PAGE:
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“ Much is in thy power; and therefore much is expected of thee. Though the Almighty only can give virtue, yet, as a prince, thou mayst stimulate those to beneficence, who act from no higher motive than immediate interest : thou canst not produce the principle, but mayst enforce the practice. Let thy virtue be thus diffused ; and if thou believest with reverence, thou shalt be accepted above.
“Farewell! May the smile of Him who resides in the heaven of heavens, be upon thee; and against thy name, in the volume of His will, may happiness be written !"
“One great end to which all knowledge ought to be employed, is the welfare of humanity. Every science is the foundation of some art beneficial to men; and while the study of it leads us to see the beneficence of the laws of nature, it calls upon us also to follow the great end of the Father of nature, in their employment and application.
“I need not say what a field is thus opened to the benevolence of knowledge; I need not tell you, that, in every department of learning, there is good to be done to mankind. I need not remind you, that the age in which we live has given us the noblest examples in this kind, and that science now finds its highest glory in improving the condition, or in allaying the miseries of humanity.”
“Rise with the lark, and with the lark to bed.
Her oriental veil puts off! Think why,
3. “ These few precepts in thy memory Look thou character. Give thy thoughts no tongue, Nor any unproportioned thought his act. Be thou familiar, but by no means vulgar. The friends thou hast, and their adoption tried, Grapple them to thy soul with hooks of steel; But do not dull thy palm with entertainment Of each new hatched unfledged comrade. Beware Of entrance to a quarrel ; but, being in, Bear it that the opposer may beware of thee. Give every man thine ear, but few thy voice : Take each man's censure but reserve thy judgment Costly thy habit as thy purse can buy, But not expressed in fancy; rich, not gaudy; For the apparel oft proclaims the man : Neither a borrower nor a lender be; For loan oft loses both itself and friend; And borrowing dulls the edge of husbandry.
This above all, - To thine own self be true;
III. “Animated," or Lively, Style.
“ The cottage curs at early pilgrim bark ; Crowned with her pail the tripping milkmaid sings ; The whistling ploughman stalks afield; and hark ! Down the rough slope the ponderous wagon rings ; Through rustling corn the hare astonished springs, Slow tolls the village clock the drowsy hour; The partridge bursts away on whirring wings; Deep mourns the turtle in sequestered bower, And shrill lark carols clear from her aërial tower."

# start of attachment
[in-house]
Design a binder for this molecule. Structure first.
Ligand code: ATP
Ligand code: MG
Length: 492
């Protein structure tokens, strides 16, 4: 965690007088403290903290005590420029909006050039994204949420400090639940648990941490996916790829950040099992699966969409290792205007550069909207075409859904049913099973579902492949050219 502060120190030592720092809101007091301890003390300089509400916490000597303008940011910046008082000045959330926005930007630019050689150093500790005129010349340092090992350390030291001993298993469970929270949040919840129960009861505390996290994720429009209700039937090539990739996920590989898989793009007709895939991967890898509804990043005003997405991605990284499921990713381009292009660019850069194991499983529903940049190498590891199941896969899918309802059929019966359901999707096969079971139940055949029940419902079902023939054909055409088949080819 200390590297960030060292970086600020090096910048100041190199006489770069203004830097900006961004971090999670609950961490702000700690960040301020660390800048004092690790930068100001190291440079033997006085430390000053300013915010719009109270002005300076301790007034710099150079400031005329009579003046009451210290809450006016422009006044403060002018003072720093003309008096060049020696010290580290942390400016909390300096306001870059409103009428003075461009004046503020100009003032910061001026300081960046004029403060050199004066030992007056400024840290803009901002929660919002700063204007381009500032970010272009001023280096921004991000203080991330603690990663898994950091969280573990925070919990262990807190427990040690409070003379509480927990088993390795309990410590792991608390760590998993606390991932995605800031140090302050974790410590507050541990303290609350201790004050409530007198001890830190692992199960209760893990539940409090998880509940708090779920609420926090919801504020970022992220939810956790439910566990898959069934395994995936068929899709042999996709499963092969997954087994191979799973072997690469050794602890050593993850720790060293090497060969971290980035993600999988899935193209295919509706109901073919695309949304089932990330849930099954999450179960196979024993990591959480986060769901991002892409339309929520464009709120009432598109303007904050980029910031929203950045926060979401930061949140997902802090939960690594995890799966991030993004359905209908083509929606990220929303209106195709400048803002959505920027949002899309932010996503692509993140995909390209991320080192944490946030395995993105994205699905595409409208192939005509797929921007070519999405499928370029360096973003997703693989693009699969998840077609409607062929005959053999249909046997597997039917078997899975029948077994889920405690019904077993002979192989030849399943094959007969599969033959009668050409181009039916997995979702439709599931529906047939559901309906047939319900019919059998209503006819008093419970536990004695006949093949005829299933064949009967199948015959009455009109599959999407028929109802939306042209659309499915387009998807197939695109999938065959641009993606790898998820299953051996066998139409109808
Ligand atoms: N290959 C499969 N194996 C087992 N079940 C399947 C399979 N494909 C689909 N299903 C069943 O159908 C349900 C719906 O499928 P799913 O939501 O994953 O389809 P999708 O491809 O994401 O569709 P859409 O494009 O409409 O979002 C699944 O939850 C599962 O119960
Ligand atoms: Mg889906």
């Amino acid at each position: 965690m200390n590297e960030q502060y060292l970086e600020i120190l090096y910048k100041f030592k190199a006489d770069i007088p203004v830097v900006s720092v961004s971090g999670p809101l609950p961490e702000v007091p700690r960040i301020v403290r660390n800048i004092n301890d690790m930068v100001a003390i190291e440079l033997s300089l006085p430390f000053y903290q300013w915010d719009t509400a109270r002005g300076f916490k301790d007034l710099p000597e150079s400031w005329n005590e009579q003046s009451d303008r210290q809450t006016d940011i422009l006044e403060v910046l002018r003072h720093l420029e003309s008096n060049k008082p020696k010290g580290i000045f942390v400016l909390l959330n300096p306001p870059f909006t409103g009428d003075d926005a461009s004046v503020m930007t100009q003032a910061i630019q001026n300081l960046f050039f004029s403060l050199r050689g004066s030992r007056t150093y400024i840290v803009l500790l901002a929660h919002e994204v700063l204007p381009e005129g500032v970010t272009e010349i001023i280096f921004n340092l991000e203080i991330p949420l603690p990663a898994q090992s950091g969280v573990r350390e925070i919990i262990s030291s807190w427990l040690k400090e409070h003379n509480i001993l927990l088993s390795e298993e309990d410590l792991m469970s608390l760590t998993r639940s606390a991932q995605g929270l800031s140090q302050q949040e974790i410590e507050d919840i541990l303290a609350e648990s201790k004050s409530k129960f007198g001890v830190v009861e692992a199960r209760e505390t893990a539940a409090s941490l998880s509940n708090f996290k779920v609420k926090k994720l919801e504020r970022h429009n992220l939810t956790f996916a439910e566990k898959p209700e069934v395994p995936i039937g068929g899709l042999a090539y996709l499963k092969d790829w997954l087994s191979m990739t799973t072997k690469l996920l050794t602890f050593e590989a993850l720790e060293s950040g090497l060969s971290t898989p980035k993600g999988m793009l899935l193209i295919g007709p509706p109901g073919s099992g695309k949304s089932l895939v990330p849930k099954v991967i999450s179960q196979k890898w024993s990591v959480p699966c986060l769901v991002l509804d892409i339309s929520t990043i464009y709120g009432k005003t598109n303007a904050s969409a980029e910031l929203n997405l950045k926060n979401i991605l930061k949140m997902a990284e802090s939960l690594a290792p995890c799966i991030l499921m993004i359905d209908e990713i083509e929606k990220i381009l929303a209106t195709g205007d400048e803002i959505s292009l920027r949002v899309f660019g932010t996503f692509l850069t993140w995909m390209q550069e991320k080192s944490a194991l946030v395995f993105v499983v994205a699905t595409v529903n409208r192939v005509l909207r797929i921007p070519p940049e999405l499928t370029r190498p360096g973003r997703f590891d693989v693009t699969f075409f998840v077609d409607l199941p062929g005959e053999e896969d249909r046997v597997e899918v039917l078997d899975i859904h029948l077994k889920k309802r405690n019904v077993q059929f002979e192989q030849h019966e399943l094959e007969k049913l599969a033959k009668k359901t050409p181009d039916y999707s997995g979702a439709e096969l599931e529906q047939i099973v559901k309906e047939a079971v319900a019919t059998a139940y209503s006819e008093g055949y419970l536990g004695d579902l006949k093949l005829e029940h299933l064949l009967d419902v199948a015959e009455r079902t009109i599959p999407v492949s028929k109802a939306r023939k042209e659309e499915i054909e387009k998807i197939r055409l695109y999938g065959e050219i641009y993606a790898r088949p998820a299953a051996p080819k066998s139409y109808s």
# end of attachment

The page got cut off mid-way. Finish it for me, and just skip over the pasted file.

“ With quickened step, Brown Night retires : young Day pours in apace, And opens all the lawny prospect wide. The dripping rock, the mountain's misty top, Swell on the sight, and brighten with the dawn. Blue, through the dusk, the smoking currents shine; And from the bladed field the fearful hare Limps awkward ; while along the forest glade The wild deer trip, and often, turning, gaze At early passenger. Music awakes The native voice of undissembled joy ; And thick around the woodland hymns arise. Roused by the cock, the soon clad shepherd leaves His mossy cottage where with Peace he dwells ; And from the crowded fold, in order drives His flock, to taste the verdure of the morn.
"The atmosphere is not the only scene of animal enjoyment. Plants are covered with insects, greedily sucking their juices, and constantly, as it should seem, in the act of sucking. It cannot be doubted that this is a state of gratification. What else should fix them so closely to the operation and so long? Other species are running about, with an alacrity in their motions, which carries with it every mark of pleasure. Large patches of ground are sometimes half covered with these brisk and sprightly natures.
“If we look to what the waters produce, shoals of the fry of fish frequent the margins of rivers, of lakes, and of the sea itself. These are so happy, that they know not what to do with themselves. Their attitudes, their vivacity, their leaps out of the water, their frolics in it, all conduce to show their excess of spirits, and are simply the effects of that excess.
“ Then to the spicy nut brown ale,
And crop-full, out of doors he flings,
“But oh! how altered was its sprightlier tone, When Cheerfulness, a nymph of healthiest hue,
Her bow across her shoulder flung,
Blew an inspiring air, that dale and thicket rung,
The hunter's call, to Faun and Dryad known.
“Last came Joy's ecstatic trial :
He, with viny crown advancing,
Amidst the festal sounding shades
Love framed with Mirth a gay fantastic round;
And he, amid his frolic play,
“ How does the water come down at Lodore ?
Receding and speeding,